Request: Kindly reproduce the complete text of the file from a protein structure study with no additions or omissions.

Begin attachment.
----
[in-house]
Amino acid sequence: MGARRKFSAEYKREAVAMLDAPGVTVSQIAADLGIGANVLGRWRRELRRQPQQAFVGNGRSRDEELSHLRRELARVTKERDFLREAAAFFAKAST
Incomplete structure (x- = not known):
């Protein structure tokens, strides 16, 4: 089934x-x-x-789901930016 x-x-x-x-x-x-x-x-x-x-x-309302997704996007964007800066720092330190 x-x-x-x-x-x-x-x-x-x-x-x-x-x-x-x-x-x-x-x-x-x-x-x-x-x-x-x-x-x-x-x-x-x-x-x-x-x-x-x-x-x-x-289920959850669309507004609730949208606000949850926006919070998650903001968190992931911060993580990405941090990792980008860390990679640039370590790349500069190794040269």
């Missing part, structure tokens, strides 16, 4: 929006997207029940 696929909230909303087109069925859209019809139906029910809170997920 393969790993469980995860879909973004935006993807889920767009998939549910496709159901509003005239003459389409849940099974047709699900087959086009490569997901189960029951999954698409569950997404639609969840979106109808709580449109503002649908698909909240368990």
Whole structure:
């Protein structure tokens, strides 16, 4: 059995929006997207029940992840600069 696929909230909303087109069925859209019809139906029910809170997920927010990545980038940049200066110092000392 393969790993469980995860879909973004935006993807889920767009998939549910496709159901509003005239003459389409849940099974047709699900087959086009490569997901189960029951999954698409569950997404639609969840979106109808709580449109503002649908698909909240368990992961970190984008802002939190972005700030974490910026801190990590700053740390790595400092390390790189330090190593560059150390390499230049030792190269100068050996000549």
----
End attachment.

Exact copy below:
[in-house]
Amino acid sequence: MGARRKFSAEYKREAVAMLDAPGVTVSQIAADLGIGANVLGRWRRELRRQPQQAFVGNGRSRDEELSHLRRELARVTKERDFLREAAAFFAKAST
Incomplete structure (x- = not known):
């Protein structure tokens, strides 16, 4: 089934x-x-x-789901930016 x-x-x-x-x-x-x-x-x-x-x-309302997704996007964007800066720092330190 x-x-x-x-x-x-x-x-x-x-x-x-x-x-x-x-x-x-x-x-x-x-x-x-x-x-x-x-x-x-x-x-x-x-x-x-x-x-x-x-x-x-x-289920959850669309507004609730949208606000949850926006919070998650903001968190992931911060993580990405941090990792980008860390990679640039370590790349500069190794040269």
């Missing part, structure tokens, strides 16, 4: 929006997207029940 696929909230909303087109069925859209019809139906029910809170997920 393969790993469980995860879909973004935006993807889920767009998939549910496709159901509003005239003459389409849940099974047709699900087959086009490569997901189960029951999954698409569950997404639609969840979106109808709580449109503002649908698909909240368990």
Whole structure:
């Protein structure tokens, strides 16, 4: 059995929006997207029940992840600069 696929909230909303087109069925859209019809139906029910809170997920927010990545980038940049200066110092000392 393969790993469980995860879909973004935006993807889920767009998939549910496709159901509003005239003459389409849940099974047709699900087959086009490569997901189960029951999954698409569950997404639609969840979106109808709580449109503002649908698909909240368990992961970190984008802002939190972005700030974490910026801190990590700053740390790595400092390390790189330090190593560059150390390499230049030792190269100068050996000549």